May 16, 2012 Independent Review Finds EPA Pavillion Report Lacking in Scientific Data, Methodology and Analysis
Report shortcomings range from poor study to serious errors with monitoring wells
WASHINGTON, D.C. – The Independent Petroleum Association of America (IPAA) today announced the findings of an independent review of the Environmental Protection Agency (EPA)’s draft report, “Investigation of Ground Water Contamination near Pavillion, Wyoming,” released on December 8, 2011.
The review finds that the data and analysis does not support the EPA’s conclusions, including the agency’s primary claim of contamination caused by hydraulic fracturing activity. The review also notes that EPA employed unapproved analytical methods and improperly conducted various field procedures; misinterpreted data used to draw conclusions; and EPA’s “lines of evidence” can be adequately explained with alternative hypotheses.
The review was executed by S.S. Papadopulos & Associates (SSP&A), a leading groundwater and hydrogeology consulting firm with more than 30 years of experience. In this review, SSP&A has conducted a thorough, nonbiased review of the science behind the EPA study, which was intended to address certain complaints about domestic water well taste and odor.
“Through this review, the science speaks for itself,” said Lee Fuller, IPAA Vice President of Government Relations. “Unfortunately, the EPA has continued to miss the mark with its draft report. We encourage EPA to work with the State of Wyoming and the U.S. Geological Survey (USGS), among other stakeholders, to re-examine the two EPA monitoring wells for their suitability to this study’s objectives and to credibly investigate likely sources of potential constituents of concern while adopting strict scientific standards and avoiding guesswork. It is our hope that this study’s flaws will challenge and guide the agency toward better methodology and reporting in the future.”
Any reputable study of potential contamination in the area must be premised on a thorough review of the site-specific hydrogeologic conditions and distinguish among naturally occurring conditions, sources from drilling and hydraulic fracturing activities, and other anthropogenic sources. SSP&A’s review concludes that the EPA did not complete the work necessary to distinguish between these potential sources and identified “contamination” that is not supported by an objective review of the available data.
SSP&A identified the following specific deficiencies related to EPA’s study:
- Poor Study Design, including lack of appropriate conceptual model and failure to evaluate alternative conclusions
- Lack of Baseline and Background Data, specifically related to methane and other natural occurring organic and inorganic compounds, and failure to include and account for local USGS data showing historically poor regional groundwater quality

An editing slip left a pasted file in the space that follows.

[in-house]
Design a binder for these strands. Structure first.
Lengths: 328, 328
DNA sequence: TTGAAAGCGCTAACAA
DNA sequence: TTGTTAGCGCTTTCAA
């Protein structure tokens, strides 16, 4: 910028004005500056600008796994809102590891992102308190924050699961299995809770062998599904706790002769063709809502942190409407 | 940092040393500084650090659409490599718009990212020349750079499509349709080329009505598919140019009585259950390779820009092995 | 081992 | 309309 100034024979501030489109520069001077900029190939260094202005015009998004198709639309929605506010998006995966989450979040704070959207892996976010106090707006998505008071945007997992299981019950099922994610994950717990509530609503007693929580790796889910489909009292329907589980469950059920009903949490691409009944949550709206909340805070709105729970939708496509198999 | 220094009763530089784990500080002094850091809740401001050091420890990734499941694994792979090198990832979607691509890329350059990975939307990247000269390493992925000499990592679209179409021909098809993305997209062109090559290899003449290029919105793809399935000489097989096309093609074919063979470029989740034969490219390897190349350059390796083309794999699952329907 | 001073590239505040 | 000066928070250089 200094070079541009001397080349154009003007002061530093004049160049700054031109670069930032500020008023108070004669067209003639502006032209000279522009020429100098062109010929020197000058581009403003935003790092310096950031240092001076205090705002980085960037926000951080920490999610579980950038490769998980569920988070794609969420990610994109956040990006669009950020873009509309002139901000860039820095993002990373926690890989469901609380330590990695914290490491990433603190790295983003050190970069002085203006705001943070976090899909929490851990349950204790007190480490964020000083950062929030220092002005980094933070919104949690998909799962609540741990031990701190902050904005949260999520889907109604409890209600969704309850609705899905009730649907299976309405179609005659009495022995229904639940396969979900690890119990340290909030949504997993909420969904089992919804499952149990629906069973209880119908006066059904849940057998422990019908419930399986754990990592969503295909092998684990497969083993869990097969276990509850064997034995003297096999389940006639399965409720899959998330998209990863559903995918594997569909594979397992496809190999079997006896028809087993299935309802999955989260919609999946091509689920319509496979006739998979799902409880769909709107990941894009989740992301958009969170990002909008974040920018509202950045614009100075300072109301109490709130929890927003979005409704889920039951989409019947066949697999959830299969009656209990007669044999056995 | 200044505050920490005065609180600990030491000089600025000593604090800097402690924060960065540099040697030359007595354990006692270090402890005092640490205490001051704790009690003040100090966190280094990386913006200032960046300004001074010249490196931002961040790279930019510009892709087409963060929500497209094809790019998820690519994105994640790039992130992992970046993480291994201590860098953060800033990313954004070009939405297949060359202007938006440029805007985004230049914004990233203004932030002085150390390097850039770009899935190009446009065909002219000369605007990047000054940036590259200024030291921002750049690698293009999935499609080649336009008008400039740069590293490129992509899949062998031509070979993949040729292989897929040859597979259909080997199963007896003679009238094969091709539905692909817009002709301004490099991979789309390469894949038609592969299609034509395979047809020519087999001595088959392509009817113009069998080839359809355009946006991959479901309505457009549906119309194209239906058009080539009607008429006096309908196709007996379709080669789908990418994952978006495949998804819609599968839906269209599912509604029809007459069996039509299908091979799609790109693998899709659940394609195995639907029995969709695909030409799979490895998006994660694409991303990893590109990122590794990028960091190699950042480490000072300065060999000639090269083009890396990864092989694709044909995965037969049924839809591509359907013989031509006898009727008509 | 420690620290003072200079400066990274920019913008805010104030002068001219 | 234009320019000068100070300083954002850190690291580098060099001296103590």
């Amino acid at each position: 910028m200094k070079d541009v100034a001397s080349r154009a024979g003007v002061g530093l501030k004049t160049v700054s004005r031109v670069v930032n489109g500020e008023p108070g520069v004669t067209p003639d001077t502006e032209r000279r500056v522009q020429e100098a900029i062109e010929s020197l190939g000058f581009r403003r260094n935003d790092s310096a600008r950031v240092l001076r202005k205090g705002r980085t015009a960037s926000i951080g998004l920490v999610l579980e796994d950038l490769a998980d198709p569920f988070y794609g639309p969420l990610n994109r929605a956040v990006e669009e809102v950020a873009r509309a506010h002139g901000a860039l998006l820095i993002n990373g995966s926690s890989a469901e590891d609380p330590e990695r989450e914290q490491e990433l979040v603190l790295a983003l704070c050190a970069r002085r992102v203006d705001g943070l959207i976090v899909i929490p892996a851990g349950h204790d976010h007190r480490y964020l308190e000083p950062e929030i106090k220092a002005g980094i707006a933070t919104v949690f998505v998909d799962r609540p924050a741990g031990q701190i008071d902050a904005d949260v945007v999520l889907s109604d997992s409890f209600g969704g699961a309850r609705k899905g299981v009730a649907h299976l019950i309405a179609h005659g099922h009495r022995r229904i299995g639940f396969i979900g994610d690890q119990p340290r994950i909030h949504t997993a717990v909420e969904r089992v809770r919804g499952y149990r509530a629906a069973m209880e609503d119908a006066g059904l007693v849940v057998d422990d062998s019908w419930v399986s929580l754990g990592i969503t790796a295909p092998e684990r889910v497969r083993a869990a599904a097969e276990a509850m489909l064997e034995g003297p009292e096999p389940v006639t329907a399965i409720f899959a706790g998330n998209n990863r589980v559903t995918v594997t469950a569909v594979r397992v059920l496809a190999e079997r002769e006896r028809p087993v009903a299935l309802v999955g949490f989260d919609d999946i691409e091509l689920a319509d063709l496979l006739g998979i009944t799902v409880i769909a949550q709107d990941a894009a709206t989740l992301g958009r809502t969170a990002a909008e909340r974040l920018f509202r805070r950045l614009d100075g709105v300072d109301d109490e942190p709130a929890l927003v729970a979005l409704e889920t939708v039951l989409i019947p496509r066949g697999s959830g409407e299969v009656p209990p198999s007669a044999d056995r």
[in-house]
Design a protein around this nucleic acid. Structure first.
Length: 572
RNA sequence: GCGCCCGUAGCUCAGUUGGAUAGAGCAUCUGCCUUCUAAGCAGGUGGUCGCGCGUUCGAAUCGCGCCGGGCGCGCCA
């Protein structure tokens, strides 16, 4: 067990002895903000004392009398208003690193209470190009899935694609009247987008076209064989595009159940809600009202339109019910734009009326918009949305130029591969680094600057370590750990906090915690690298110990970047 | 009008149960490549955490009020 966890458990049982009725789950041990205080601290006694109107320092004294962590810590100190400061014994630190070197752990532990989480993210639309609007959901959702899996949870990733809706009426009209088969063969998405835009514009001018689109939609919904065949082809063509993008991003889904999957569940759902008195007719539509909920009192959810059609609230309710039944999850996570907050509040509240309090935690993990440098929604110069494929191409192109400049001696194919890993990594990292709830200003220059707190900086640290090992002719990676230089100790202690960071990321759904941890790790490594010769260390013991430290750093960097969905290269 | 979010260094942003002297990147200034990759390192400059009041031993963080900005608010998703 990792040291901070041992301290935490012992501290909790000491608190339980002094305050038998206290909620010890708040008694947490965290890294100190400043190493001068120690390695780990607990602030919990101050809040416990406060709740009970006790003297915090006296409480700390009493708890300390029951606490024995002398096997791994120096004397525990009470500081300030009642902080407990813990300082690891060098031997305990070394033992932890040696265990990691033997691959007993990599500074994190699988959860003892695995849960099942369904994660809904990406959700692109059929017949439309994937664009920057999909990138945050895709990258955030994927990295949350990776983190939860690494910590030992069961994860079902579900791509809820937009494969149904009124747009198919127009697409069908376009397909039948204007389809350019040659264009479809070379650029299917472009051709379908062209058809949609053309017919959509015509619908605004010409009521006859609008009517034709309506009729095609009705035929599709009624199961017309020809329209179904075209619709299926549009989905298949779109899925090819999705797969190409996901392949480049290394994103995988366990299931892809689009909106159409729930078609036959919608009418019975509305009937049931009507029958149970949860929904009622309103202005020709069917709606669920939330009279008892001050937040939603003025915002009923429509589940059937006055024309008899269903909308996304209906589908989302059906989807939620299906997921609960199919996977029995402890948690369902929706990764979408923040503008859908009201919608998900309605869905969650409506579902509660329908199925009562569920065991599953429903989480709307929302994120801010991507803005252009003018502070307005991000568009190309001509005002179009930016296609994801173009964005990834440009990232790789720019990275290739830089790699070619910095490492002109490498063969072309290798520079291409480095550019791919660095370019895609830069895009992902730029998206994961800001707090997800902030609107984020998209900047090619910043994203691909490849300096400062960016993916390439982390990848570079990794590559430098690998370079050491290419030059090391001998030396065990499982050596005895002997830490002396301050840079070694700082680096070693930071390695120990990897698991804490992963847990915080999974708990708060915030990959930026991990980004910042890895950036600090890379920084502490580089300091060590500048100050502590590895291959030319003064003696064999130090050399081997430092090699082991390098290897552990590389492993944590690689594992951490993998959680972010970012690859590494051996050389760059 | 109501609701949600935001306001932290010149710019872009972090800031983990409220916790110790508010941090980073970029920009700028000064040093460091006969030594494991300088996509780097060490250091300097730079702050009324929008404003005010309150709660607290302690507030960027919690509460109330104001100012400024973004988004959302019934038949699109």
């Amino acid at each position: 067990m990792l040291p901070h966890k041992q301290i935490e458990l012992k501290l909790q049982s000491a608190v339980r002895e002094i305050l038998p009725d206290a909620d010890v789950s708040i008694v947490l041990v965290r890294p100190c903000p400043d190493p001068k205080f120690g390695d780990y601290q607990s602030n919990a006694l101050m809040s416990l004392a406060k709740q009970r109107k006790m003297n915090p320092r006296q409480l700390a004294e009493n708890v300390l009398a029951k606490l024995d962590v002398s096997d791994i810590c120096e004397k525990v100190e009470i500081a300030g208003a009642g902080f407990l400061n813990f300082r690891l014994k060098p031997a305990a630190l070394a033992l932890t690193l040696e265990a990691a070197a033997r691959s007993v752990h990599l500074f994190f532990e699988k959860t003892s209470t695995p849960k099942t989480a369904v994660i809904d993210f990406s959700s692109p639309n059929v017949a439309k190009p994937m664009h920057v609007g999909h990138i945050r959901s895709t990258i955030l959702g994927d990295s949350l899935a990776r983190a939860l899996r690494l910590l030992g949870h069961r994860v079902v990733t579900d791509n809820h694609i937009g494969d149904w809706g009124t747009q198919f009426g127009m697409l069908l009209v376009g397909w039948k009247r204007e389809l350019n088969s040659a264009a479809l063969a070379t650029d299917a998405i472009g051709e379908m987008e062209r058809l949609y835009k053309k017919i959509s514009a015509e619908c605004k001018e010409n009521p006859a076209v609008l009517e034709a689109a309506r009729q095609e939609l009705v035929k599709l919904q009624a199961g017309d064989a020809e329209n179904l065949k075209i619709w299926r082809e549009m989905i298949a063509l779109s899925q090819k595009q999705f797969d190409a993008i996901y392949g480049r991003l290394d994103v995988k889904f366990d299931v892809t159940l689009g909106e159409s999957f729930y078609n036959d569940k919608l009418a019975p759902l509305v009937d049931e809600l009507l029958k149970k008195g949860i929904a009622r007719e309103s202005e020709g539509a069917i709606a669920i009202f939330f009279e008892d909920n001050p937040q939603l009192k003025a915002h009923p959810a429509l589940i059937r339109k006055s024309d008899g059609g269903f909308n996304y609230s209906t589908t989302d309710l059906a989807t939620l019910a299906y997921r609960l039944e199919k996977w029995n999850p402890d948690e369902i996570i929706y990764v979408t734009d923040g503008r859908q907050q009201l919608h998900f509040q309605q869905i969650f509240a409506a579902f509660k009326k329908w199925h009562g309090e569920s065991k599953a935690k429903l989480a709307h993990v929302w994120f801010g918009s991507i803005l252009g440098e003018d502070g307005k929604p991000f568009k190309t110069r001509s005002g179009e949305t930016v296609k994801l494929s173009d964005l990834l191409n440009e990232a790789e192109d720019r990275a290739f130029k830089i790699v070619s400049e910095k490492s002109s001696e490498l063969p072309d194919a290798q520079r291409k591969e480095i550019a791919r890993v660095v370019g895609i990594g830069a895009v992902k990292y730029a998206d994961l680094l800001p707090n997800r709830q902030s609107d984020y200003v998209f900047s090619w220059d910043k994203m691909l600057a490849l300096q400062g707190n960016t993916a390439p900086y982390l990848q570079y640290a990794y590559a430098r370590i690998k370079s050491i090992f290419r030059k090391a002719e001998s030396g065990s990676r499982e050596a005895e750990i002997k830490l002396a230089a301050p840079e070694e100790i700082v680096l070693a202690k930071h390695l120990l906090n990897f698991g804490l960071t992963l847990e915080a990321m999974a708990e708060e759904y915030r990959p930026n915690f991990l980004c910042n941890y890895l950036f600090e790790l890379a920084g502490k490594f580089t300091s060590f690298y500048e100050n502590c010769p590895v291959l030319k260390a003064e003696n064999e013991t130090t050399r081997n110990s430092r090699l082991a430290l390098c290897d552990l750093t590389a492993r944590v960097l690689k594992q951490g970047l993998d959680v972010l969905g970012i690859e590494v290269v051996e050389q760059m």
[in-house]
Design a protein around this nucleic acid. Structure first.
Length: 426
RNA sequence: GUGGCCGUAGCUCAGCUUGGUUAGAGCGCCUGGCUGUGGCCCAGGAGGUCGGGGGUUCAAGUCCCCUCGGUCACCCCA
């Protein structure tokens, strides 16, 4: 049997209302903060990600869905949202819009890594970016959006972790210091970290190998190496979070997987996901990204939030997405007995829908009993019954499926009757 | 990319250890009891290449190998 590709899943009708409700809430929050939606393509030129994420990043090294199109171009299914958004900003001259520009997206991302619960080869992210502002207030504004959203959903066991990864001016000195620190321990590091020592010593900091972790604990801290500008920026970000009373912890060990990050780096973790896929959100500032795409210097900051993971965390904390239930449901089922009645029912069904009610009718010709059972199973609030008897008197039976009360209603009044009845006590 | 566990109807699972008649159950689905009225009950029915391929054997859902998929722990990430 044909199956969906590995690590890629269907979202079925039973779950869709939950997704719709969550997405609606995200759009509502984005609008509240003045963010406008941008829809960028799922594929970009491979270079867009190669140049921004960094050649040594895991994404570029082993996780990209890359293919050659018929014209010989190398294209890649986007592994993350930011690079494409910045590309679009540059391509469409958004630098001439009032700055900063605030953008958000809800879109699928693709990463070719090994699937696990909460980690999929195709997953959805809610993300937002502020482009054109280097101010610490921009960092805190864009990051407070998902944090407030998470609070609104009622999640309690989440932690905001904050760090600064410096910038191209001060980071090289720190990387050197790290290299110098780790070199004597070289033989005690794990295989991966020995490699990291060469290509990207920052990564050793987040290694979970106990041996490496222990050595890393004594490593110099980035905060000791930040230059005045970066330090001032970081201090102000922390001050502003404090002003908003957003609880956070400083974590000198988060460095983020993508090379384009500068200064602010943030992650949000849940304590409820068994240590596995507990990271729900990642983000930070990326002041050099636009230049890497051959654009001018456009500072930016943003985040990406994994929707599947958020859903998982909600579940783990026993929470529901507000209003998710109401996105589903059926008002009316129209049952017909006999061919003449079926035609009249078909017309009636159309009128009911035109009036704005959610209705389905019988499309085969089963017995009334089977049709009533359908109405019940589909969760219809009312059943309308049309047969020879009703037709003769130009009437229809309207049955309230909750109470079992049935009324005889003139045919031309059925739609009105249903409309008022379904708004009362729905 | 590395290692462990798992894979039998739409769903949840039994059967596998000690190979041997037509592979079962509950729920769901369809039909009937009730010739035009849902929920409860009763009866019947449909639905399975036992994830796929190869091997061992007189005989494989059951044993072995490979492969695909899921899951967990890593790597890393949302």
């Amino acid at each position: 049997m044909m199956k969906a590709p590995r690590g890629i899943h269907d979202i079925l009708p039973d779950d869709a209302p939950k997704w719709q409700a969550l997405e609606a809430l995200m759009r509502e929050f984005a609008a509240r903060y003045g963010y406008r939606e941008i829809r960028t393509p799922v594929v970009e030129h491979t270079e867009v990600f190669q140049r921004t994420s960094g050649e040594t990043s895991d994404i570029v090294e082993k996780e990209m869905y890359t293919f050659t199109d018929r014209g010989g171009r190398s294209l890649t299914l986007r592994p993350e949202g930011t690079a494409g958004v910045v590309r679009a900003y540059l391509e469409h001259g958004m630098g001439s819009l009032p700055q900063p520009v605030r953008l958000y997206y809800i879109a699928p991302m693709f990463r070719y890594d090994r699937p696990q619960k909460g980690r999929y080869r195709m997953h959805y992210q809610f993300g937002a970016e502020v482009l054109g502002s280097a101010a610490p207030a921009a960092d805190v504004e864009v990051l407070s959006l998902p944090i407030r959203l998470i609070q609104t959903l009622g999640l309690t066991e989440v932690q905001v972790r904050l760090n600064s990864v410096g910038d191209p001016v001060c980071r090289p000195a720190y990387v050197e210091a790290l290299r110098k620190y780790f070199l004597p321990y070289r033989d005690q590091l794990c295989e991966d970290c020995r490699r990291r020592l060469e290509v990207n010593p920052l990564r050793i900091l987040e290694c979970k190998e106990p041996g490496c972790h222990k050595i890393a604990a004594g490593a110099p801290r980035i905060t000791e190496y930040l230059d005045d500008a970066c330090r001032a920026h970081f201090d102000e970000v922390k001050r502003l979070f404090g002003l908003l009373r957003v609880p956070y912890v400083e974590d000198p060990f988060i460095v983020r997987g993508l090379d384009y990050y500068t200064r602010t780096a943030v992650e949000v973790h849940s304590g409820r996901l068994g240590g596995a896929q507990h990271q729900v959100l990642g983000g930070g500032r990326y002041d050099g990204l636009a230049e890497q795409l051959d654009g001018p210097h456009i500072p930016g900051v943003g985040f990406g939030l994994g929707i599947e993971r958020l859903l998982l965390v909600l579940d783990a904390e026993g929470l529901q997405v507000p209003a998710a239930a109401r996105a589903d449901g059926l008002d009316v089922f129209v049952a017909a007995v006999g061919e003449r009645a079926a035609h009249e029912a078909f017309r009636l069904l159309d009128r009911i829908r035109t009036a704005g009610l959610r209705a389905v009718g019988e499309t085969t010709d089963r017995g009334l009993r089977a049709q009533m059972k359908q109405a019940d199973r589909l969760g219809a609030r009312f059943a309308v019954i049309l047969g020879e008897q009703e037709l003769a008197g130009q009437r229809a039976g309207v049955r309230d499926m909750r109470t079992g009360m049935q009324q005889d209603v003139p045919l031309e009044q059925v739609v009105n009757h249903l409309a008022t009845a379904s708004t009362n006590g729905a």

- Analytical Concerns Leading to Incorrect Conclusions, including detections of compounds of concern in quality assurance/quality control blank samples, poor correspondence between analytical standards and test samples, and utilization of unapproved methods and procedures
- Serious Errors in the Construction, Development and Sampling of Monitoring Wells, the agency drilled two new monitoring wells into known gas producing formations (deeper than any nearby domestic wells) and used this well data to support numerous, key conclusions; in addition multiple concerns regarding the appropriate construction and development of these wells that could potentially explain results EPA interpreted as contamination due to hydraulic fracturing procedures
- Lack of Suitable Samples, as only four samples – two from each of the two new monitoring wells – were used to support the bulk of the EPA’s conclusions
- No Source Identification, as the EPA never addressed the original complaints from the residents as to the source of the bad tasting, and foul smelling drinking water produced from the residential wells
SSP&A concludes, “EPA’s study design was not sufficient to gather the data, nor draw the conclusions it asserts.” EPA must conduct additional work to draw any conclusions related to potential contamination in this area. This work would have to include additional well development and sampling, based on an improved study design that accounts for the hydrogeologic conditions of the sampling area, realistic potential migration pathways and the presence of pre-existing, naturally occurring petroleum compounds and other constituents. Ultimately, this EPA study – and any future studies – must be held to the highest scientific standard, utilize proper scientific methods, and not be released to the public prematurely.
In reviewing the EPA report, SSP&A also reviewed, all available information posted to the EPA Pavillion website, and pertinent information provided by the Wyoming Oil and Gas Conservation Commission and the Wyoming Department of Environmental Quality. It should be noted that at the time the SSP&A report was published, the EPA was still responding to a Freedom of Information Act request submitted by SSP&A in early 2012.
To access SSP&A’s complete review, click here.